9. This is presented very plainly to our minds in the disciples who, though they had been so long with the Lord, yet they did not understand what he said to them. Well, neither will we be able to learn nor to understand this until we experience it; as when we say, Such and such a thing happened to me; this I felt and thus it went with me, then I was in anxiety; but it did not last long. Then I was encompassed by this temptation and by that adversity, but God delivered me soon out of them etc.


10. We should take to heart and firmly hold fast to these words and keep them in mind when in sorrow and distress, that it will not last long, then we would also have more constant joy, for as Christ and his elect had their "a little while," so you and I and everyone will have his "a little while." Pilate and Herod will not crucify you, but in the same manner as the devil used them, so he will also use your persecutors. Therefore when your trials come, you must not immediately think how you are to be delivered out of them. God will help you in due time. Only wait. It is only for a little while, he will not delay long.


11. But you must not lay the cross and sorrow upon yourself as some have indeed done, who chose for themselves death and imprisonment, and said, Christ willingly entered into death; he willingly permitted himself to be apprehended and delivered. I will also do the same. No, you dare not do this. Your cross and suffering will not long delay coming. These good people did not understand it. The dear disciples also said in Mt 26, 35 that they would remain with Christ and die with him. Peter said in John 13, 37 he would not deny Christ, or would give his life for him; but how was it in the end? Christ went into the garden, trembled and quaked, was apprehended, put to death; Peter however forsook him. Where was now this great confidence, this boldness and courage of Peter? He thought Christ would die with joyful courage, and he would also follow him, but alas he was badly mistaken.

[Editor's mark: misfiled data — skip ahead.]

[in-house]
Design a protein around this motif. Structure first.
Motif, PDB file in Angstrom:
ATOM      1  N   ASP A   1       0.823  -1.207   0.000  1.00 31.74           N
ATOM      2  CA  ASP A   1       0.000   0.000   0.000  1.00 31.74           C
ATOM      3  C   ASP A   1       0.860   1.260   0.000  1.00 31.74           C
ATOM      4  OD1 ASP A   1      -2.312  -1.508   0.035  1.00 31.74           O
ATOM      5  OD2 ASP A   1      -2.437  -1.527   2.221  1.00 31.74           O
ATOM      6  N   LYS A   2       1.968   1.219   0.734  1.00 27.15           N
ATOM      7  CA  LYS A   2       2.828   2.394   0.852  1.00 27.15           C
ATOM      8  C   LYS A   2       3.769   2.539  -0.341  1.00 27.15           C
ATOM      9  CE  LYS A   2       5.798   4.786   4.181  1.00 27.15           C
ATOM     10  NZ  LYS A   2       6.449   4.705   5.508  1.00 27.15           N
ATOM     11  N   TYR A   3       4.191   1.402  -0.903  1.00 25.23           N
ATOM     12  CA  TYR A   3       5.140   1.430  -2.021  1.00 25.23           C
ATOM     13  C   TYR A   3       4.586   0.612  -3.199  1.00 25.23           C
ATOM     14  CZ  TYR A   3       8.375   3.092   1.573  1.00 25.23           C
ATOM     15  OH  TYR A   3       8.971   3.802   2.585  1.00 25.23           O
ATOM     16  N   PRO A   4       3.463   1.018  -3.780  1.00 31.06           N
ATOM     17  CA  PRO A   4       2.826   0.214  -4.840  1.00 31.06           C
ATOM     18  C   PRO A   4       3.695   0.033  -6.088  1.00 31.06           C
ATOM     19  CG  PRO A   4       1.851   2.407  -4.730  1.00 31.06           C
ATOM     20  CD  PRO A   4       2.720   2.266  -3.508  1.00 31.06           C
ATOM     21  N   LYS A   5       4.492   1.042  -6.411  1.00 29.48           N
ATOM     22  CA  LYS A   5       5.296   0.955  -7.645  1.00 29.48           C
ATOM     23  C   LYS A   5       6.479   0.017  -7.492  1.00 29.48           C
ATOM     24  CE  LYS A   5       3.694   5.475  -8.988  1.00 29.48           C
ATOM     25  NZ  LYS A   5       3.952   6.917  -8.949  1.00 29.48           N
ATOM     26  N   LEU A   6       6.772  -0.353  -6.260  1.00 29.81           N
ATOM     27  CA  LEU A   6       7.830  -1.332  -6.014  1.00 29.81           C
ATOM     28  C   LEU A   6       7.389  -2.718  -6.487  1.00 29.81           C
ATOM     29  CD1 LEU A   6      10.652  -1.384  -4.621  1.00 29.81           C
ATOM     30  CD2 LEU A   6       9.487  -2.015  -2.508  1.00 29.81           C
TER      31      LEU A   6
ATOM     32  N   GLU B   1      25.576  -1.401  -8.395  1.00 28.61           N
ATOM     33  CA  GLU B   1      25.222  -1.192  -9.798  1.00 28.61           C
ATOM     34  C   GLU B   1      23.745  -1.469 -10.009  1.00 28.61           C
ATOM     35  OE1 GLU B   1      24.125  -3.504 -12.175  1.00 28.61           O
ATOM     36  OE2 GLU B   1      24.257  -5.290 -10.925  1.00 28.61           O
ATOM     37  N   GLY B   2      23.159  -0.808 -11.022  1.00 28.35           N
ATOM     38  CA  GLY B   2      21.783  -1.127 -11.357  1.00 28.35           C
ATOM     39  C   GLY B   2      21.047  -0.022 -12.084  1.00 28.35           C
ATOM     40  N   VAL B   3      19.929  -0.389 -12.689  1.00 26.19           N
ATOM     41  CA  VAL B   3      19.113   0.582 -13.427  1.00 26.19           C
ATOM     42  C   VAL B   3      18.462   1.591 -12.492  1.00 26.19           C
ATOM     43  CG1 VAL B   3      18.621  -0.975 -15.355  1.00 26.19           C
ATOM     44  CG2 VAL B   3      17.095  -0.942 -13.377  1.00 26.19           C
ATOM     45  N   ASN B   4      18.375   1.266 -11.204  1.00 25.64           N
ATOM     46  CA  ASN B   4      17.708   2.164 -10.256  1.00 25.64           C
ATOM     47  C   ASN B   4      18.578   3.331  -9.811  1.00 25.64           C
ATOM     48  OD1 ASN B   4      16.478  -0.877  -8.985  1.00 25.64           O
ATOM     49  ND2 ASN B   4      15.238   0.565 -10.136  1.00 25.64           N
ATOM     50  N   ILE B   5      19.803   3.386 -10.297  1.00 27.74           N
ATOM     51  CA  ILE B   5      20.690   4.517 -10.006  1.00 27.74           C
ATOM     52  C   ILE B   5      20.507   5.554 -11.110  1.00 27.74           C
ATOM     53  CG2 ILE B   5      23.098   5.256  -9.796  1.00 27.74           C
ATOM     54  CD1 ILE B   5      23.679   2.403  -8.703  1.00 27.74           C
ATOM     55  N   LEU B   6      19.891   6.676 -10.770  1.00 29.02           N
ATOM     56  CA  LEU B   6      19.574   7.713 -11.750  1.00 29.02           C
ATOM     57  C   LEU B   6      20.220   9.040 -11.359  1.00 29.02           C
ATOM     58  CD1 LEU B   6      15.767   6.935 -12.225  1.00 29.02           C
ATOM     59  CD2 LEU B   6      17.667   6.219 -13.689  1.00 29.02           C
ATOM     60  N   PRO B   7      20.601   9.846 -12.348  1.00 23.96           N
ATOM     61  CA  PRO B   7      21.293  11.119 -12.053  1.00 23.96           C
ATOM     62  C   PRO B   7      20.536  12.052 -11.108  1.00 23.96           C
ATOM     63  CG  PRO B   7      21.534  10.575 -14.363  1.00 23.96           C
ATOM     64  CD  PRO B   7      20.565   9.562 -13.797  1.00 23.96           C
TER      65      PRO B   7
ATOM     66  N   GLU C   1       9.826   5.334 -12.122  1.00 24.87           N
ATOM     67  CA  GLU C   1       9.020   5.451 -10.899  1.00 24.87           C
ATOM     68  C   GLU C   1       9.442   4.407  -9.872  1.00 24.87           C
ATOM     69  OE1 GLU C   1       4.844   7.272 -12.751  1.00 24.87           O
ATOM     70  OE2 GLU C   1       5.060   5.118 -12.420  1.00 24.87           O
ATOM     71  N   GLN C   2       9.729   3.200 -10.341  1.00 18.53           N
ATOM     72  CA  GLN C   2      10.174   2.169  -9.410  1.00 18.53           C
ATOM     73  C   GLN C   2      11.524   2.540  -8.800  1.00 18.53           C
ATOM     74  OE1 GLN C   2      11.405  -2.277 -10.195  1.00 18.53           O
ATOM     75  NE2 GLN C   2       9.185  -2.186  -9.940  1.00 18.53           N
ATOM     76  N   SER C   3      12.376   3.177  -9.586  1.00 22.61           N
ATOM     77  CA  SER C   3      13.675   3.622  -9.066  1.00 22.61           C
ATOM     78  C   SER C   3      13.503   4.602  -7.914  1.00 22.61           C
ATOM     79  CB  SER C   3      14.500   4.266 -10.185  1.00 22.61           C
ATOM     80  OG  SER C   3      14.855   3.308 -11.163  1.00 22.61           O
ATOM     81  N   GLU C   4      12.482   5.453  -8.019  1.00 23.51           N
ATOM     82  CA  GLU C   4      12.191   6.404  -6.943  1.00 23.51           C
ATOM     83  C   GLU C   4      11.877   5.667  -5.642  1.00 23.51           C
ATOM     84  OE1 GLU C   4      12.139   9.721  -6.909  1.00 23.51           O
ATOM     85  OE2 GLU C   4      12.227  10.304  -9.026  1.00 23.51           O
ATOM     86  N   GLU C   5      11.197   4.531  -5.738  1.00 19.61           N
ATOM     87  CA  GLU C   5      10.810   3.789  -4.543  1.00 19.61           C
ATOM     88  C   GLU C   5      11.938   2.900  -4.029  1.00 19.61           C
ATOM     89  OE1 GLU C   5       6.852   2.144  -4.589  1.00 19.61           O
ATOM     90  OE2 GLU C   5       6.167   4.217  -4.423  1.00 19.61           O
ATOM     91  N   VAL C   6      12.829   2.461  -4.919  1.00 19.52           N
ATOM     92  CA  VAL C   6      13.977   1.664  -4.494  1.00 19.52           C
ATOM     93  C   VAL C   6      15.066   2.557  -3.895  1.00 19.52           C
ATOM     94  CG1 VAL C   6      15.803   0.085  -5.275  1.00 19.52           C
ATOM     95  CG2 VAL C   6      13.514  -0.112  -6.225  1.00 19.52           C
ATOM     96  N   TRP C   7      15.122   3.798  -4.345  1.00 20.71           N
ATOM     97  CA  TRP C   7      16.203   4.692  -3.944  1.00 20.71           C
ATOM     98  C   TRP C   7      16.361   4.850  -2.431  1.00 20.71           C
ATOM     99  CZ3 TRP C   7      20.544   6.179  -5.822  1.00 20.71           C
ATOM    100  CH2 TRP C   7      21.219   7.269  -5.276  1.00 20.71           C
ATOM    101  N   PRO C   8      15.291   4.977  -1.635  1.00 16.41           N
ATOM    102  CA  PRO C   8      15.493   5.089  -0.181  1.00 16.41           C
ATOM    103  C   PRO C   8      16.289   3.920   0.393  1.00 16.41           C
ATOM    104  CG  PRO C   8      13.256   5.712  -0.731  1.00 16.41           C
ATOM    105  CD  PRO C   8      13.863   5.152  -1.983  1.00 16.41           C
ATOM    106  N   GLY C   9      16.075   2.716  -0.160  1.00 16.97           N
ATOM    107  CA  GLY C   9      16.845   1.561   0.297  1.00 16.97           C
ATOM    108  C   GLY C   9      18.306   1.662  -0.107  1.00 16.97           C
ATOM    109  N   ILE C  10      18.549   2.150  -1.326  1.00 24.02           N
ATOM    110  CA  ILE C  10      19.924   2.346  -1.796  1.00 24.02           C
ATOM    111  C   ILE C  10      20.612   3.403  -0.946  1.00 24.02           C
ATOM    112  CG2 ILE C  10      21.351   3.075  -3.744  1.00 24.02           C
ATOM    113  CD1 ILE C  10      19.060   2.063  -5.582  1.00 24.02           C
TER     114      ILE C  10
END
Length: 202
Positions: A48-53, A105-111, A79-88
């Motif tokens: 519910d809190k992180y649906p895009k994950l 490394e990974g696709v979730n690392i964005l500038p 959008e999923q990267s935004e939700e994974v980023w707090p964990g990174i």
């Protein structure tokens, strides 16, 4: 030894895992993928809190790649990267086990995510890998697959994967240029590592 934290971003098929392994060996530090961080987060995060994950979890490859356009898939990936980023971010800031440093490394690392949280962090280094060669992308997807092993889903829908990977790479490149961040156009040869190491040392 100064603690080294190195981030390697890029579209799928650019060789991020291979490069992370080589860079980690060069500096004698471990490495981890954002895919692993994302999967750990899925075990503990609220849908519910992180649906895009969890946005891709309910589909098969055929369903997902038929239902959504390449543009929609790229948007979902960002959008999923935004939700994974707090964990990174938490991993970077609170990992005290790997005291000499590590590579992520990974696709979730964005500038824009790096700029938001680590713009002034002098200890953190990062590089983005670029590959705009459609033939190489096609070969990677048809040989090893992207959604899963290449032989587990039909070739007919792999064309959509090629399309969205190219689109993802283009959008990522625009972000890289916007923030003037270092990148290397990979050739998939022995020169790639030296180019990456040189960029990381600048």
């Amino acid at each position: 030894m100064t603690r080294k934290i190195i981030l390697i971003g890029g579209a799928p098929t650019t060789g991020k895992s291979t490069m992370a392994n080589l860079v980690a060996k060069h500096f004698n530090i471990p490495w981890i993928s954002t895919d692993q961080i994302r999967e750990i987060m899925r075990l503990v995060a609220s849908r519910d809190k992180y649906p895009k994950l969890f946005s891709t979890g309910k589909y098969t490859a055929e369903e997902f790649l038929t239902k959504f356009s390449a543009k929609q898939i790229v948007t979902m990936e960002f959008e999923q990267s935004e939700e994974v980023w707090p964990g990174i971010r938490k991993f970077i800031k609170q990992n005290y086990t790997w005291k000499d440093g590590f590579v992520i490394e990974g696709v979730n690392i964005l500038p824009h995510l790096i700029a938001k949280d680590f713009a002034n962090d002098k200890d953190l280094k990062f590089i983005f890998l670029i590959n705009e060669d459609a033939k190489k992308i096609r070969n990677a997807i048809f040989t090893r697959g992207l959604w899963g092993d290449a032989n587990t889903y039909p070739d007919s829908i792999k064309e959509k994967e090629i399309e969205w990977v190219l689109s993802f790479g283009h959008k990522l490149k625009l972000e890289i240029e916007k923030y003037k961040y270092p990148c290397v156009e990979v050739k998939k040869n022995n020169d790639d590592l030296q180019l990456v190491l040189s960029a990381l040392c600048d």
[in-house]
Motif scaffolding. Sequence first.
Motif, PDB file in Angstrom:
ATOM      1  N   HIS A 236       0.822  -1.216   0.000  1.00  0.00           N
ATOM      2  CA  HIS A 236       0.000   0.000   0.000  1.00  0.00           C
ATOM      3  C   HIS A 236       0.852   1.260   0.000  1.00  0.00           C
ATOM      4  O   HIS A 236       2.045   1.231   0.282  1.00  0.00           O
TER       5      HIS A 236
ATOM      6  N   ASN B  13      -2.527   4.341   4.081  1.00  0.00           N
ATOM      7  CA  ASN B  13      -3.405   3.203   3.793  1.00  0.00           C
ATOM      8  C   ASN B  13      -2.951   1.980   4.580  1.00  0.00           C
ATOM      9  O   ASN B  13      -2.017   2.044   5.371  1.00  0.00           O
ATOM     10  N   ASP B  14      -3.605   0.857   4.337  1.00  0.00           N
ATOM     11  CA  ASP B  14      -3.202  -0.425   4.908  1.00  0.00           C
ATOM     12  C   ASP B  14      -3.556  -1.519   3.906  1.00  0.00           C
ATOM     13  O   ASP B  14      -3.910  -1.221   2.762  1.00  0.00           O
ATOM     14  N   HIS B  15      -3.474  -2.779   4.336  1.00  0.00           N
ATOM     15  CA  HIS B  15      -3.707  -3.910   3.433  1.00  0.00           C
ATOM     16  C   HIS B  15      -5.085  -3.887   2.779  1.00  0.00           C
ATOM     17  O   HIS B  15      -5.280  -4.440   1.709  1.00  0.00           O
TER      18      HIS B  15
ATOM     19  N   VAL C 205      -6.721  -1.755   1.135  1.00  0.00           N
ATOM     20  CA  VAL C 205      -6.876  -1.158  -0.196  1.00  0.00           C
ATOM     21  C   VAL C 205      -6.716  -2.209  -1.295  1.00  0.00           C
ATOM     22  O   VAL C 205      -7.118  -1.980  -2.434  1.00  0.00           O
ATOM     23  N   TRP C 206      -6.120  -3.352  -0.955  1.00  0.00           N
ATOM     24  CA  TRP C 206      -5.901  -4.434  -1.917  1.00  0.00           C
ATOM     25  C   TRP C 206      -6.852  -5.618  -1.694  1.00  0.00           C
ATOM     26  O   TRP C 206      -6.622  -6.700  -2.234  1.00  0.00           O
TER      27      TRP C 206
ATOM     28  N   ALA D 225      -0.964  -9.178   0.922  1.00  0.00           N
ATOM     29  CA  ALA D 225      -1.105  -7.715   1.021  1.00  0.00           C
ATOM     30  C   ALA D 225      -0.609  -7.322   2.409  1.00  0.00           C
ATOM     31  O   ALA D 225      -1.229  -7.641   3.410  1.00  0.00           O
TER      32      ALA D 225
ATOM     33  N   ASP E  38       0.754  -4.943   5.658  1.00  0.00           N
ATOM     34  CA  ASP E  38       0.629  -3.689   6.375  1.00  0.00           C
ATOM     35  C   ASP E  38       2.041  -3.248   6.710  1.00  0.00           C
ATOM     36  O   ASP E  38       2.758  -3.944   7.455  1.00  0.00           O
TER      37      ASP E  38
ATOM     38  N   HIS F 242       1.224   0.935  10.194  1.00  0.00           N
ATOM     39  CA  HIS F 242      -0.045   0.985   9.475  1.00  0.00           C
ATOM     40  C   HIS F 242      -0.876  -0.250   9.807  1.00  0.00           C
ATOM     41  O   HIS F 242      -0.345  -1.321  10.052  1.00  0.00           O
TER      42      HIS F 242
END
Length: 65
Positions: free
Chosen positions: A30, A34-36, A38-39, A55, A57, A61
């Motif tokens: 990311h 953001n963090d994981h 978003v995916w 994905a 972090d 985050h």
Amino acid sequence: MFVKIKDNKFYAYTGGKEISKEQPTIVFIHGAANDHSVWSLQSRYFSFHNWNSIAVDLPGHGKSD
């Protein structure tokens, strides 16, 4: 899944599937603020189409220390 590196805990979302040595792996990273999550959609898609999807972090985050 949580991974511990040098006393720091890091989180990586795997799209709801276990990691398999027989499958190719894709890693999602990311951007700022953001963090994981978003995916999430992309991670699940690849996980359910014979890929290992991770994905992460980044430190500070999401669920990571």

12. Here you easily see that the sorrow and sufferings, in which we expected to remain permanently, were of our own choosing, but when the hour finally comes, of which you never thought before, you will hardly be able to stand, unless you become a new man. The old Adam despairs, he does not abide, he cannot abide, for it goes against his nature, against his purpose and against his designs. Hence you must have your own time, then you must suffer a little. For Christ withdraws himself from you and permits you to remain in the power of sin, of death and of hell. There the heart cannot accomplish very much to calm the conscience, do whatever it will, for Christ departs and dies. Then you will have the refrain, "A little while, and ye shall not behold me." Where will you go? There is no comfort. There is no help. You are in the midst of sin; in the midst of death; in the midst of hell. If Christ would not come now independent of any merit of your own, then you would be compelled to remain in this tribulation and terror eternally, for thus it would have happened also to the disciples, if Christ had not risen from the dead and become alive. Therefore it was necessary for him again to arise from the dead.


13. Now this everyone must experience and suffer, either now or upon his deathbed when he dies, but how much better it is to experience it now, for when at some future time we shall be cast into the fire for the sake of the Gospel and be counted as heretics, then we shall see of what profit this is; for if the heart is not strong at such a time, what shall become of us, for there our eyes shall see the torture and the terror of death. Whither shall we go? Therefore if Christ is not present, and if he should then withdraw his hand we are already lost; but if he is with us to help, the flesh may indeed die, but all is well with the soul, for Christ has taken it to himself. There it is safe, no one shall pluck it out of his hand. Jn 10, 28.